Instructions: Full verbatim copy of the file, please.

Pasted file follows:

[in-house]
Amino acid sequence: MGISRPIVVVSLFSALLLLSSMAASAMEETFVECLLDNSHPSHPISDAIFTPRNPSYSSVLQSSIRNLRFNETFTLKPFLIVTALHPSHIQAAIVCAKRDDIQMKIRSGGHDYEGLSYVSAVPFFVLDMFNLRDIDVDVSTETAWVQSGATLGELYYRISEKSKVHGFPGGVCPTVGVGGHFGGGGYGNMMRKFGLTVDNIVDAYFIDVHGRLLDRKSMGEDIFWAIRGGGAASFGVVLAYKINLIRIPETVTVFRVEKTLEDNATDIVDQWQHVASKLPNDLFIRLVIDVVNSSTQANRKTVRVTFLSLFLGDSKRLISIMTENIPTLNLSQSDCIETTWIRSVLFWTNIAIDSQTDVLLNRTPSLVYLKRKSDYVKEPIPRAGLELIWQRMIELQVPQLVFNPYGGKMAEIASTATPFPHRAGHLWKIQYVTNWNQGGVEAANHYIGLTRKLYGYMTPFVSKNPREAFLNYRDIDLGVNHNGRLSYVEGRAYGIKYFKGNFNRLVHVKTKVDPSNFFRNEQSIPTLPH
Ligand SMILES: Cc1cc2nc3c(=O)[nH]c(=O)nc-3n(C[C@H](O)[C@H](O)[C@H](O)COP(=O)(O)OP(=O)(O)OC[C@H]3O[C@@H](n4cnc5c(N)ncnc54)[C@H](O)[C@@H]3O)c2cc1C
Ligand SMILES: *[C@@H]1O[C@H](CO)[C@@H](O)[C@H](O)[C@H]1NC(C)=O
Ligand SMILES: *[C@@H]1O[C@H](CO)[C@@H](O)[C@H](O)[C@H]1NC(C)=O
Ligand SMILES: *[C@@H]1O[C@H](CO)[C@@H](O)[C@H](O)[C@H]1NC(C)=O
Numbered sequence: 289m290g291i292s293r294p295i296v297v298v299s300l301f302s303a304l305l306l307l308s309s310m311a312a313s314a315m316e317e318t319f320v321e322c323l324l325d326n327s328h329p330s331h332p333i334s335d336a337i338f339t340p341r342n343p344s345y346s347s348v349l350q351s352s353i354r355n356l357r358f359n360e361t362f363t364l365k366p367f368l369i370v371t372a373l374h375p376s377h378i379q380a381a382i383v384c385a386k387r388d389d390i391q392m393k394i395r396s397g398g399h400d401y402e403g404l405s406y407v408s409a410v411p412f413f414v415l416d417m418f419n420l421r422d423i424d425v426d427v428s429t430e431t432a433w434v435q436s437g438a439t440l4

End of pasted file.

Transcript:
[in-house]
Amino acid sequence: MGISRPIVVVSLFSALLLLSSMAASAMEETFVECLLDNSHPSHPISDAIFTPRNPSYSSVLQSSIRNLRFNETFTLKPFLIVTALHPSHIQAAIVCAKRDDIQMKIRSGGHDYEGLSYVSAVPFFVLDMFNLRDIDVDVSTETAWVQSGATLGELYYRISEKSKVHGFPGGVCPTVGVGGHFGGGGYGNMMRKFGLTVDNIVDAYFIDVHGRLLDRKSMGEDIFWAIRGGGAASFGVVLAYKINLIRIPETVTVFRVEKTLEDNATDIVDQWQHVASKLPNDLFIRLVIDVVNSSTQANRKTVRVTFLSLFLGDSKRLISIMTENIPTLNLSQSDCIETTWIRSVLFWTNIAIDSQTDVLLNRTPSLVYLKRKSDYVKEPIPRAGLELIWQRMIELQVPQLVFNPYGGKMAEIASTATPFPHRAGHLWKIQYVTNWNQGGVEAANHYIGLTRKLYGYMTPFVSKNPREAFLNYRDIDLGVNHNGRLSYVEGRAYGIKYFKGNFNRLVHVKTKVDPSNFFRNEQSIPTLPH
Ligand SMILES: Cc1cc2nc3c(=O)[nH]c(=O)nc-3n(C[C@H](O)[C@H](O)[C@H](O)COP(=O)(O)OP(=O)(O)OC[C@H]3O[C@@H](n4cnc5c(N)ncnc54)[C@H](O)[C@@H]3O)c2cc1C
Ligand SMILES: *[C@@H]1O[C@H](CO)[C@@H](O)[C@H](O)[C@H]1NC(C)=O
Ligand SMILES: *[C@@H]1O[C@H](CO)[C@@H](O)[C@H](O)[C@H]1NC(C)=O
Ligand SMILES: *[C@@H]1O[C@H](CO)[C@@H](O)[C@H](O)[C@H]1NC(C)=O
Numbered sequence: 289m290g291i292s293r294p295i296v297v298v299s300l301f302s303a304l305l306l307l308s309s310m311a312a313s314a315m316e317e318t319f320v321e322c323l324l325d326n327s328h329p330s331h332p333i334s335d336a337i338f339t340p341r342n343p344s345y346s347s348v349l350q351s352s353i354r355n356l357r358f359n360e361t362f363t364l365k366p367f368l369i370v371t372a373l374h375p376s377h378i379q380a381a382i383v384c385a386k387r388d389d390i391q392m393k394i395r396s397g398g399h400d401y402e403g404l405s406y407v408s409a410v411p412f413f414v415l416d417m418f419n420l421r422d423i424d425v426d427v428s429t430e431t432a433w434v435q436s437g438a439t440l4